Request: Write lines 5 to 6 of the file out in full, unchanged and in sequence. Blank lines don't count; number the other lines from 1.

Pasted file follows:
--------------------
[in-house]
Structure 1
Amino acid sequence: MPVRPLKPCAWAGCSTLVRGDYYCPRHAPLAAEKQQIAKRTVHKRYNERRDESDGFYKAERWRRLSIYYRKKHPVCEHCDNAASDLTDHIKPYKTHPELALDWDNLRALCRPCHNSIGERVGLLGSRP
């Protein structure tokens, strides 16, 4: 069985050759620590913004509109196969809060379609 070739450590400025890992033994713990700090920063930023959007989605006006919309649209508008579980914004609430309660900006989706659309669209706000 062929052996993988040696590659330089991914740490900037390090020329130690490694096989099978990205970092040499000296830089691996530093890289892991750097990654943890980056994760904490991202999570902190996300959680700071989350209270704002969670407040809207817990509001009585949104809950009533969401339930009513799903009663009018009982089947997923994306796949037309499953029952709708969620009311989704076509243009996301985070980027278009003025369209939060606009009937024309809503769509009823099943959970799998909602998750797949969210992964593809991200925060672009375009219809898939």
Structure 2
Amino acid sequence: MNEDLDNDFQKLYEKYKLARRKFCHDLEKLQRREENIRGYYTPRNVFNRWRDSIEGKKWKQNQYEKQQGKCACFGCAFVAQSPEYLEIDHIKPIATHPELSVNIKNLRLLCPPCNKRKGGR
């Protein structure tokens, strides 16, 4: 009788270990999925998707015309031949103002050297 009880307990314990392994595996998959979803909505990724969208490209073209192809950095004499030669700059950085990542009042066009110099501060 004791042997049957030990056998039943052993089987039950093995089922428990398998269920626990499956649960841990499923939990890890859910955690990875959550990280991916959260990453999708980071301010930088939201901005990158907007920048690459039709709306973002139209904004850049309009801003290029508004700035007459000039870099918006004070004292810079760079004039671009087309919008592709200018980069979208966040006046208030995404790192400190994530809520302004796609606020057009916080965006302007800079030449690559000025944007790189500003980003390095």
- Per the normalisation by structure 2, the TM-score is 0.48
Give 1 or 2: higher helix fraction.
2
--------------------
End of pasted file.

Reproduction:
Structure 2
Amino acid sequence: MNEDLDNDFQKLYEKYKLARRKFCHDLEKLQRREENIRGYYTPRNVFNRWRDSIEGKKWKQNQYEKQQGKCACFGCAFVAQSPEYLEIDHIKPIATHPELSVNIKNLRLLCPPCNKRKGGR